School prayer is a tough issue because administrators must balance two opposing requirements. First, a student can’t be prevented from exercising his or her First Amendment right to free exercise of religion. Conversely, the school can’t promote any religion under the First Amendment Establishment Clause that requires the separation of church (or temple or masjid) and state.
Since 1962, public schools in the U.S. can’t lead students in prayers as the Supreme Court decided that’s unconstitutional. However, schools, including those in Louisiana, can start the day with a silent meditation where students may choose to pray. The following table outlines the prayer in public school laws in Louisiana.
|Code Sections||Louisiana Revised Statutes, Title 17: Education Code Sections 2115 to 2115.11, including:
17:2115(A) – Silent Prayer or Meditation
17:2115.1 – Official Prayer Prohibition
17:2115.2 – Student Participation in Religious Activities
17:2115.3 – Student-Initiated, Student-Led Prayer and Participation
17:2115.11 – Prayer, Student-Initiated, Conditions
|What is Allowed?||Each parish or city public school board must allow (but not force) schools to start the school day with a brief time of silent meditation or prayer. The law explicitly proclaims this “shall not be intended nor interpreted as state support of or interference with religion, nor shall such time allowance be promoted as a religious exercise and the implementation of this Section shall remain neutral toward religion.” As you can see, the issue of the separation of church and state was heavily on the legislators mind.
If public school students want to gather for prayer in a classroom or other school space that isn’t being used during any non-instructional time, they can. A school employee may have to supervise the student(s). Employees can even participate in these religious gatherings if it’s before or after his or her workday. Parents can also attend if they follow the school visitor rules. Members of the community can attend if invited by the students, such as to give a talk. The procedures of this must be the same as for any other student organization, such as the science or glee club.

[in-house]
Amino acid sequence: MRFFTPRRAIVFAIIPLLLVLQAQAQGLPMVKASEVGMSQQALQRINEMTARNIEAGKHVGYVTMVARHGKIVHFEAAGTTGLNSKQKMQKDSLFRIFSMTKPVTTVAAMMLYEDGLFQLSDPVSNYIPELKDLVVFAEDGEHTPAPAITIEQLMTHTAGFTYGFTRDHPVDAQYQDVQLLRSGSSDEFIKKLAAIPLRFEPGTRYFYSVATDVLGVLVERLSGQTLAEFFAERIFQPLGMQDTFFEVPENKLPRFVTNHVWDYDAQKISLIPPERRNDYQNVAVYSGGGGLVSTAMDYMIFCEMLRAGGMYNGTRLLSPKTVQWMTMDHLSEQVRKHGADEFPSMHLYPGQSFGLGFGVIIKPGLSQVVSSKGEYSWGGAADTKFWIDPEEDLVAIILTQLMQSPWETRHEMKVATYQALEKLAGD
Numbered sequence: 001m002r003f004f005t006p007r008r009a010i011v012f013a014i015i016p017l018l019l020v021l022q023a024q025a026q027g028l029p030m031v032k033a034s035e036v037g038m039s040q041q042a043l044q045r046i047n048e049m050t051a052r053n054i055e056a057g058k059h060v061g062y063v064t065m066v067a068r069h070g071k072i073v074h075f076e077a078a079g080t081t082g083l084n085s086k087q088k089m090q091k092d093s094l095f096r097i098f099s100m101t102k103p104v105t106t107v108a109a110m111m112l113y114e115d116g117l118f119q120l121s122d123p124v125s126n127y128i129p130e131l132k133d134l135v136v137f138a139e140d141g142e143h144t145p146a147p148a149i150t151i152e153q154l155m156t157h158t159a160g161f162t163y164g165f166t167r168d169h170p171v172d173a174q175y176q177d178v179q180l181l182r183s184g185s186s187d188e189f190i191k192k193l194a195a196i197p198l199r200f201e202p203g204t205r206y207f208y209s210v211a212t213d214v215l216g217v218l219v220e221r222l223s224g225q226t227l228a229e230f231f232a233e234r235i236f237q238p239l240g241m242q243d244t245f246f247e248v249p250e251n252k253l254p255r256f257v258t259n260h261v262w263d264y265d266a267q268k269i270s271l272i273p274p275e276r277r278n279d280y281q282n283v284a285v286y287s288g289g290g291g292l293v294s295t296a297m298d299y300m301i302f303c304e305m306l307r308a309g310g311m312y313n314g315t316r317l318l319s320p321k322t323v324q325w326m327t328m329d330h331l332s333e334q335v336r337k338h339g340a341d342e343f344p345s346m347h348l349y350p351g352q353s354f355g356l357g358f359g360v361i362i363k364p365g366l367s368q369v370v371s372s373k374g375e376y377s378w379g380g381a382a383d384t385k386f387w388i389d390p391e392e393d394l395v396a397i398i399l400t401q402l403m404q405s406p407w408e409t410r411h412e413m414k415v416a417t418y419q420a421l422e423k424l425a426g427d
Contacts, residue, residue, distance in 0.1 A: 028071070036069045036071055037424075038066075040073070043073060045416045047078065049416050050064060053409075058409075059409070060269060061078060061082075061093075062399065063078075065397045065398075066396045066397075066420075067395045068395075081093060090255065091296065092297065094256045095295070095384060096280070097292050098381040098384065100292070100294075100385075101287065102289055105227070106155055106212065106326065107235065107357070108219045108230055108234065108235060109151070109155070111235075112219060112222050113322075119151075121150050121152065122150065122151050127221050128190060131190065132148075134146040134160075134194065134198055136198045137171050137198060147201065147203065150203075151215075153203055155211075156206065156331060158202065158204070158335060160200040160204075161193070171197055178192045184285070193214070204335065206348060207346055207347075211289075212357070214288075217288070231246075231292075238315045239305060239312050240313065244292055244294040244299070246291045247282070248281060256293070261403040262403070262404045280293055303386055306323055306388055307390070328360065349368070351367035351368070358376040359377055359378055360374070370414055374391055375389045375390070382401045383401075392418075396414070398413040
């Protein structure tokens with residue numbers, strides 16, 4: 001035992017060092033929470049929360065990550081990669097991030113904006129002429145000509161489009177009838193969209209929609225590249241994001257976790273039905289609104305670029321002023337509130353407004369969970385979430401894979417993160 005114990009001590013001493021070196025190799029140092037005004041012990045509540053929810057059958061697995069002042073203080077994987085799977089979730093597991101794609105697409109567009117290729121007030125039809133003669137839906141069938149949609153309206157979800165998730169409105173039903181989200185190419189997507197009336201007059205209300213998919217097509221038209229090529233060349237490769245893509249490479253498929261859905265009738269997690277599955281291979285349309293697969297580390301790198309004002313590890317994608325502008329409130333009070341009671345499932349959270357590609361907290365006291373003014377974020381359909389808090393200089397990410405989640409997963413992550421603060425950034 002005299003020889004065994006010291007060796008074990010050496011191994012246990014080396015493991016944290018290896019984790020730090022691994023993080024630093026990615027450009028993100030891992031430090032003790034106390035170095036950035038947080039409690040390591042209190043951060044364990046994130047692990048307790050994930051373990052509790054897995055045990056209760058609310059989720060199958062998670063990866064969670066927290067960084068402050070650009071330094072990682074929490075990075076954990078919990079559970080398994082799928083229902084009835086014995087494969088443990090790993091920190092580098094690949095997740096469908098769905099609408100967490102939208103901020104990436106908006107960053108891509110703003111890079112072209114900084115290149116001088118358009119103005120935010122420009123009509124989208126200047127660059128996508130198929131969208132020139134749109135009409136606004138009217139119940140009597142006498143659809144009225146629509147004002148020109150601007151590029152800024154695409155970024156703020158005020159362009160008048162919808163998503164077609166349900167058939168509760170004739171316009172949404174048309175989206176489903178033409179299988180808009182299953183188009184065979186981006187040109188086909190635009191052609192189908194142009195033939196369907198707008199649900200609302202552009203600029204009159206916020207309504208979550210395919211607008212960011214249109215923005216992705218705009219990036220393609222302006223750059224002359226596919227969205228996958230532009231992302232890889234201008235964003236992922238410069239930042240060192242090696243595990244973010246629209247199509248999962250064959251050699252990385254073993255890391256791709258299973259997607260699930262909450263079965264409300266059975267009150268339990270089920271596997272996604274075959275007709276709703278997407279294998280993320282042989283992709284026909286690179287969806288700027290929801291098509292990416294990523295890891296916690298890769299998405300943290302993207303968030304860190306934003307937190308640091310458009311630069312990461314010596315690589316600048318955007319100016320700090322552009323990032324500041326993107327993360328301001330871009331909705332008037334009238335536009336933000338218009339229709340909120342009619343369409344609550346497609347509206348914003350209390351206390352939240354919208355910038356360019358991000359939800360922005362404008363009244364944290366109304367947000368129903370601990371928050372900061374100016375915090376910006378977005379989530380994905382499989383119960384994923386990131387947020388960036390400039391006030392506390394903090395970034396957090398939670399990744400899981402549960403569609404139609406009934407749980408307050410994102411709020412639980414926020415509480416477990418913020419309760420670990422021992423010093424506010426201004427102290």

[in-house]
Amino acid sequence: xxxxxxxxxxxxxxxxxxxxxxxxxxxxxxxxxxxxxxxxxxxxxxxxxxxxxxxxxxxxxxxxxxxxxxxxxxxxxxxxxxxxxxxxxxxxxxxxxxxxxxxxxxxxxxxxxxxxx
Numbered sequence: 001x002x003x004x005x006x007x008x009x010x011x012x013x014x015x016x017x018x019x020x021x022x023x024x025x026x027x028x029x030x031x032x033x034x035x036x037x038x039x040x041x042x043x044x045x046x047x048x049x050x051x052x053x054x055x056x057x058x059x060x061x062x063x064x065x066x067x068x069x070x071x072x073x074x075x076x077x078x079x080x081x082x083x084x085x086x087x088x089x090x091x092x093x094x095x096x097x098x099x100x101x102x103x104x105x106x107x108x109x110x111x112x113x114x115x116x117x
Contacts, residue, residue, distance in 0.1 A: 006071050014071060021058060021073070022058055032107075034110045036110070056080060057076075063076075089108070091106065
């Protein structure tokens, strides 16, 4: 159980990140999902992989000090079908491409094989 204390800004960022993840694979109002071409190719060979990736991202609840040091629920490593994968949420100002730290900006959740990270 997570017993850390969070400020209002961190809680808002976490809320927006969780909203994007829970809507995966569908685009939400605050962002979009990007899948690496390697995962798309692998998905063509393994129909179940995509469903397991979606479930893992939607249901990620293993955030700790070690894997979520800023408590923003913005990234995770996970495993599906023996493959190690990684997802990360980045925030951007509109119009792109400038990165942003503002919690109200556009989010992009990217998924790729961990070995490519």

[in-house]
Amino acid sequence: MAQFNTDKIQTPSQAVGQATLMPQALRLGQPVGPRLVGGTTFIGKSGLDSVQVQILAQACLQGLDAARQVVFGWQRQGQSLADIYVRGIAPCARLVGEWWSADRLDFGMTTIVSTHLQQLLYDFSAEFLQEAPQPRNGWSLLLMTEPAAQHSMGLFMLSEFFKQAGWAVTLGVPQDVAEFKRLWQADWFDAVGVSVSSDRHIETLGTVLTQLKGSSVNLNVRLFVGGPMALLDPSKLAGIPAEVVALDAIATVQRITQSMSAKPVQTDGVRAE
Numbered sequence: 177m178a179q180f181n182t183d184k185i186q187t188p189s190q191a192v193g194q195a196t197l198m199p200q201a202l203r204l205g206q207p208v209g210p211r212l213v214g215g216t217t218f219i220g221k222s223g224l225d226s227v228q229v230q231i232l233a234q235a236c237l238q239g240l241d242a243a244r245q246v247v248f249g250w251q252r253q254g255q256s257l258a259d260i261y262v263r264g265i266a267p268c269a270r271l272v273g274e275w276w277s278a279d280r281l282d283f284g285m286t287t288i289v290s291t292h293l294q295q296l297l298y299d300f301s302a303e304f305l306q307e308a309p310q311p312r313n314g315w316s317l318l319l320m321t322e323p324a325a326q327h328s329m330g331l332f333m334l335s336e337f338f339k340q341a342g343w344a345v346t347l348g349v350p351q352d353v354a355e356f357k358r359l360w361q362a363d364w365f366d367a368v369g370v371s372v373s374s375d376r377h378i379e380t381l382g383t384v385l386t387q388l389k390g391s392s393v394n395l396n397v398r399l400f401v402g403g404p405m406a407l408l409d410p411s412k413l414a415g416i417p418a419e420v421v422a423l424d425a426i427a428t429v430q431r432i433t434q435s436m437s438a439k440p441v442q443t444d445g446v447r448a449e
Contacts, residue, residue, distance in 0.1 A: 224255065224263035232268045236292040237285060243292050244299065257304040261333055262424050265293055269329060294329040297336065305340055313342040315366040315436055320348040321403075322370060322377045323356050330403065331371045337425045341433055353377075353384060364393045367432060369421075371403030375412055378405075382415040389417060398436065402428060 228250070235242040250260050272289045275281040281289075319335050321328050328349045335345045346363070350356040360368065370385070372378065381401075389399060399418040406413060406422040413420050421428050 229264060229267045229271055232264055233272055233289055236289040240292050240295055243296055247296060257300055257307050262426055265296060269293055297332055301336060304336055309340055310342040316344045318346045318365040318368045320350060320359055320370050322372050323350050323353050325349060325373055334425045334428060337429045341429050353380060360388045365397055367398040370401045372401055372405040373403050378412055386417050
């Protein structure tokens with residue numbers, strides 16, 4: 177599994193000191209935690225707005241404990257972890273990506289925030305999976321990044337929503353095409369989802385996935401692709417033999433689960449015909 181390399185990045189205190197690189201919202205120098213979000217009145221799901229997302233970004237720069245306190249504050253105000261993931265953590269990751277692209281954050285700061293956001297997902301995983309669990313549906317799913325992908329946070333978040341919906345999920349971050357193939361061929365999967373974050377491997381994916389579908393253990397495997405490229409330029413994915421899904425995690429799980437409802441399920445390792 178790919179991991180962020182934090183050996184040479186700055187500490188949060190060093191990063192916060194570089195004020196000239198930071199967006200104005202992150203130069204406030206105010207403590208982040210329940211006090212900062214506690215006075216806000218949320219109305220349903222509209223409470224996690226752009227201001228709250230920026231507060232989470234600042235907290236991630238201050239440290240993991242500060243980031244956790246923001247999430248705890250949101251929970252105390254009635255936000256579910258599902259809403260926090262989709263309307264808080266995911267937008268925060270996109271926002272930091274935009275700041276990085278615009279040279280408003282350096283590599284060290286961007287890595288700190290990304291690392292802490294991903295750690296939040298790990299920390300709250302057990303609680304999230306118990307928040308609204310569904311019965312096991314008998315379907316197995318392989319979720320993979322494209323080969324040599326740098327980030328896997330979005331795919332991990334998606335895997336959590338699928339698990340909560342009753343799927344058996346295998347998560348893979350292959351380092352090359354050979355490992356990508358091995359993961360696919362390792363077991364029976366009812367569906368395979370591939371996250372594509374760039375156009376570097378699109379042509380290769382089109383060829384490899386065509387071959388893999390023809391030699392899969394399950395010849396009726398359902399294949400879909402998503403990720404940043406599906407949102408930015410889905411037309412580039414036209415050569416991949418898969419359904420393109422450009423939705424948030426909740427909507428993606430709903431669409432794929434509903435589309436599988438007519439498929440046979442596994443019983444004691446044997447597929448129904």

|What is Prohibited?||Students can’t be required to participate in any religious activity at school. This is generally held to include sporting events, but a Texas cheerleading case may eventually end up at the U.S. Supreme Court addressing the issue of religious messages on banners at public school football games. Additionally, Louisiana law says student athletes can’t be prohibited from engaging in voluntary, student-initiated, student-led prayer. But, imagine the opposition you’d get as the one kid on the team who didn’t pray with your teammates.
Public elementary and secondary schools can’t use any official or standard prayer and when a voluntary student-initiated, student-led prayer is offered, it’ll be done in accordance with the religious views of the student saying the prayer.
A high school student speaking at a commencement ceremony can’t be censored for religious speech.
Laws and school policies or rules can’t deny any student in a public elementary or secondary school the right to participate in voluntary, student-initiated, student-led prayers. Laws also can’t prohibit school organizations because it has a religious affiliation or no religious affiliation (think Christian or Jewish Student Unions and Atheist or Ping Pong Social Clubs).
If you’re concerned about the way your school is requiring participation in religious activities or, on the other hand, is denying you the freedom of religion at school, speak to an experienced Louisiana education lawyer or a civil rights lawyer.
Note: As laws are constantly changing, it’s important to conduct your own legal research or contact an attorney to verify the laws you’re researching.
Research the Law
Related Resources for Prayer in Public Schools Laws:
Contact a qualified attorney.